Archer will be a great series character for fans of crime fiction. Let’s hope the cigarettes don’t kill him.

Pub Date: July 9, 2019

ISBN: 978-1-5387-5056-8

Page Count: 432

Publisher: Grand Central Publishing

Review Posted Online: Nov. 14, 2019

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To use the parlance of the period, a highly relevant retrospective.

SUMMER OF '69

Nantucket, not Woodstock, is the main attraction in Hilderbrand’s (Winter in Paradise, 2018, etc.) bittersweet nostalgia piece about the summer of 1969.

As is typical with Hilderbrand’s fiction, several members of a family have their says. Here, that family is the “stitched together” Foley-Levin clan, ruled over by the appropriately named matriarch, Exalta, aka Nonny, mother of Kate Levin. Exalta’s Nantucket house, All’s Fair, also appropriately named, is the main setting. Kate’s three older children, Blair, 24, Kirby, 20, and Tiger, 19, are products of her first marriage, to Wilder Foley, a war veteran, who shot himself. Second husband David Levin is the father of Jessie, who’s just turned 13. Tiger has been drafted and sends dispatches to Jessie from Vietnam. Kirby has been arrested twice while protesting the war in Boston. (Don’t tell Nonny!) Blair is married and pregnant; her MIT astrophysicist husband, Angus, is depressive, controlling, and deceitful—the unmelodramatic way Angus’ faults sneak up on both Blair and the reader is only one example of Hilderbrand’s firm grasp on real life. Many plot elements are specific to the year. Kirby is further rebelling by forgoing Nantucket for rival island Martha’s Vineyard—and a hotel job close to Chappaquiddick. Angus will be working at Mission Control for the Apollo 11 lunar landing. Kirby has difficult romantic encounters, first with her arresting officer, then with a black Harvard student whose mother has another reason, besides Kirby’s whiteness, to distrust her. Pick, grandson of Exalta’s caretaker, is planning to search for his hippie mother at Woodstock. Other complications seem very up-to-date: a country club tennis coach is a predator and pedophile. Anti-Semitism lurks beneath the club’s genteel veneer. Kate’s drinking has accelerated since Tiger’s deployment overseas. Exalta’s toughness is seemingly untempered by grandmotherly love. As always, Hilderbrand’s characters are utterly convincing and immediately draw us into their problems, from petty to grave. Sometimes, her densely packed tales seem to unravel toward the end. This is not one of those times.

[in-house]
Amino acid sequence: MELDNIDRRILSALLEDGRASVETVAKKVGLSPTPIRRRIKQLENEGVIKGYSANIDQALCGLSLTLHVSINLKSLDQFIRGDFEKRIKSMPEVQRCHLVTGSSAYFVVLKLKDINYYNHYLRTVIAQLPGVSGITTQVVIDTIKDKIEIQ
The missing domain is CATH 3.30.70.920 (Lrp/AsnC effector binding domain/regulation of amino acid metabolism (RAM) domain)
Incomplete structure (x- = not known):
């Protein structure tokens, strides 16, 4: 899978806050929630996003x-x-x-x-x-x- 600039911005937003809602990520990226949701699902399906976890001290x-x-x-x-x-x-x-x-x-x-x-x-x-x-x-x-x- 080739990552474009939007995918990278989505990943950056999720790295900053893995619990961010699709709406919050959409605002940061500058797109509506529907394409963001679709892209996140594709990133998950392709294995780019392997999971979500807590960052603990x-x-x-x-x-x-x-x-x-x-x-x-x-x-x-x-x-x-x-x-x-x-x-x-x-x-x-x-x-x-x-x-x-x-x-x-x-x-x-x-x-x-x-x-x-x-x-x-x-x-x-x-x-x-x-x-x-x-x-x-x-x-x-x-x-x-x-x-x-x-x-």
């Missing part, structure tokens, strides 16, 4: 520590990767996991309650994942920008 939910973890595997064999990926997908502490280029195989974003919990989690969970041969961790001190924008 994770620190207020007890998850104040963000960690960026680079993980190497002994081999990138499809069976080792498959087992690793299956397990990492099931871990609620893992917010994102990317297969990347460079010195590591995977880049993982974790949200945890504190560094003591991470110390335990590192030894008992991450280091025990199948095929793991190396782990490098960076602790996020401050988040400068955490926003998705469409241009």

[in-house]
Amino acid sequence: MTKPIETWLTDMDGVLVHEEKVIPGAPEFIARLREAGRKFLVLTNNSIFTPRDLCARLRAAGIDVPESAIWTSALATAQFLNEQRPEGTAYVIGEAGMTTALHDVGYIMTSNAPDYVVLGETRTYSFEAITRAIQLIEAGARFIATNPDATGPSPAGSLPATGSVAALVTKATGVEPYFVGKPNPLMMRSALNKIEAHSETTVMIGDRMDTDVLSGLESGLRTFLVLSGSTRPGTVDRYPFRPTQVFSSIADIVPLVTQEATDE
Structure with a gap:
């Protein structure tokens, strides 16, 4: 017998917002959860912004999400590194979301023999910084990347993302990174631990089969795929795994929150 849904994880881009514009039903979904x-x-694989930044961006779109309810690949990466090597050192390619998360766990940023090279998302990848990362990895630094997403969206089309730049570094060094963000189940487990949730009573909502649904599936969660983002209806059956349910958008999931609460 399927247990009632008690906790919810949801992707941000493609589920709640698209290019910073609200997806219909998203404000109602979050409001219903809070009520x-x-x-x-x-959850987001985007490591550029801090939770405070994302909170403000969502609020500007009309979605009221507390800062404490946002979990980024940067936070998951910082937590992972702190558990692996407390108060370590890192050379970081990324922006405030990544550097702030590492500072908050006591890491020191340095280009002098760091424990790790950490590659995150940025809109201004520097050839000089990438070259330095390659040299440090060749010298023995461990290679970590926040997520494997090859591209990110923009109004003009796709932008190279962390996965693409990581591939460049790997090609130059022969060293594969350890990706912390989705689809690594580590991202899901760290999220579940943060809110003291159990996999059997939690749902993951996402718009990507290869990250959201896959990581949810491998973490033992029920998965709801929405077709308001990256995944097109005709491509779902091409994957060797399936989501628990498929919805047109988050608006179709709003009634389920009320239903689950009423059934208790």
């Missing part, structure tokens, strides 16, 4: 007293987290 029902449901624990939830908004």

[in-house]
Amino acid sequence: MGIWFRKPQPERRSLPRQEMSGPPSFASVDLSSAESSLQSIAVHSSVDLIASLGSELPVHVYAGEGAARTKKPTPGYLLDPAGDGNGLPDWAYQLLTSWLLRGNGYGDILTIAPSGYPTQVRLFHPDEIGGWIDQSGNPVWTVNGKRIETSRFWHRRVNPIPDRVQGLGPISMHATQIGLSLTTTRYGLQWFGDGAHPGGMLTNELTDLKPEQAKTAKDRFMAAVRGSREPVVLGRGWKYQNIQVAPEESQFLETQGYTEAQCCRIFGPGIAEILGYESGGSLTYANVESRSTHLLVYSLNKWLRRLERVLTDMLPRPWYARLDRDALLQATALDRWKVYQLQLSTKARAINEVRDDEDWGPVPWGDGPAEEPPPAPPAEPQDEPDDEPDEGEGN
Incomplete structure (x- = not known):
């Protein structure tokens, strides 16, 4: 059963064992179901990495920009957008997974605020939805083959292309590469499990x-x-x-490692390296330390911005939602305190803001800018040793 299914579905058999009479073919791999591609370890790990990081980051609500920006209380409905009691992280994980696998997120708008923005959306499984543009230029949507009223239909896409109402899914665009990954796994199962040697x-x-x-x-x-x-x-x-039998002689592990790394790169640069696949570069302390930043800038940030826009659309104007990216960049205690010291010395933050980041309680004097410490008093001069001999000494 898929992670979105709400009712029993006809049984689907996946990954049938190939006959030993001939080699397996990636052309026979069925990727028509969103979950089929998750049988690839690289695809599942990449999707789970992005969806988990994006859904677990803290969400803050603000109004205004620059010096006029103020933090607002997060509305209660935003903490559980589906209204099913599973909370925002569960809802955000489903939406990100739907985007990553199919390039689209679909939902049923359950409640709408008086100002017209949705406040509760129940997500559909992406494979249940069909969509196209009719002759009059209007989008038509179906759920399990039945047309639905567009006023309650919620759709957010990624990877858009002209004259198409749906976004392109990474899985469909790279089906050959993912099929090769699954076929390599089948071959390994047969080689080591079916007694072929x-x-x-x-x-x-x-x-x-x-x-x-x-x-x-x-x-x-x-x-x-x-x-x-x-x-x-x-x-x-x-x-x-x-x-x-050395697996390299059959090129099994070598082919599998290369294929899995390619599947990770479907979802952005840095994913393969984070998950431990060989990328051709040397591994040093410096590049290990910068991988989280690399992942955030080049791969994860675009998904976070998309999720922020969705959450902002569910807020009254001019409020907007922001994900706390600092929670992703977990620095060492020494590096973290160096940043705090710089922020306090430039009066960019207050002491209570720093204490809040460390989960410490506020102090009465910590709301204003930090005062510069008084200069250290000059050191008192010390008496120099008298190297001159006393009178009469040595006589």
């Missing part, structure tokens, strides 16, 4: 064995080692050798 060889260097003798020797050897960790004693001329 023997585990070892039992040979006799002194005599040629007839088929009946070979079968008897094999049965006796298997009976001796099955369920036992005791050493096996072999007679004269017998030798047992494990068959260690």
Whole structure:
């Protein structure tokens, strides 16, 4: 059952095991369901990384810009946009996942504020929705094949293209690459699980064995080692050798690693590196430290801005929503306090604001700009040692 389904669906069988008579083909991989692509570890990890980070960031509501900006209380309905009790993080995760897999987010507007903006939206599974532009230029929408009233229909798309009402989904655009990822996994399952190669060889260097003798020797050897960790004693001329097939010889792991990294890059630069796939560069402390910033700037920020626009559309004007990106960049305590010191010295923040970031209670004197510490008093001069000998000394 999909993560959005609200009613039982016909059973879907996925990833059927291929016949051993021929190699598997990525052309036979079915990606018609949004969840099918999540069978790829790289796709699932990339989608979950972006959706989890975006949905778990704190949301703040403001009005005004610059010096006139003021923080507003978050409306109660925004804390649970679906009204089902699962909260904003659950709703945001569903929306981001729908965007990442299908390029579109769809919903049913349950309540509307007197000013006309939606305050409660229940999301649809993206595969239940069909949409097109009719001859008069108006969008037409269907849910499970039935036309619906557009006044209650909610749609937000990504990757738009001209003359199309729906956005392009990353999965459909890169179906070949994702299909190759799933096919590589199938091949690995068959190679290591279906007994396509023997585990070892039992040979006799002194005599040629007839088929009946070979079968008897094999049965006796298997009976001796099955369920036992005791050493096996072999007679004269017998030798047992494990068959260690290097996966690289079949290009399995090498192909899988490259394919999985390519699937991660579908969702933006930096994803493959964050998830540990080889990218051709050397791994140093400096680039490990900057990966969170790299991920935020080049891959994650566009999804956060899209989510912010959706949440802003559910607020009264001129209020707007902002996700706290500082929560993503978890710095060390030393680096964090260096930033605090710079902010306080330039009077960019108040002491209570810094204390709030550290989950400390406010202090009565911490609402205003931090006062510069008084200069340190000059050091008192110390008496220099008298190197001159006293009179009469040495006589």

To use the parlance of the period, a highly relevant retrospective.

Pub Date: June 18, 2019

ISBN: 978-0-316-42001-3

Page Count: 432

Publisher: Little, Brown

Review Posted Online: March 31, 2019

Kirkus Reviews Issue: April 15, 2019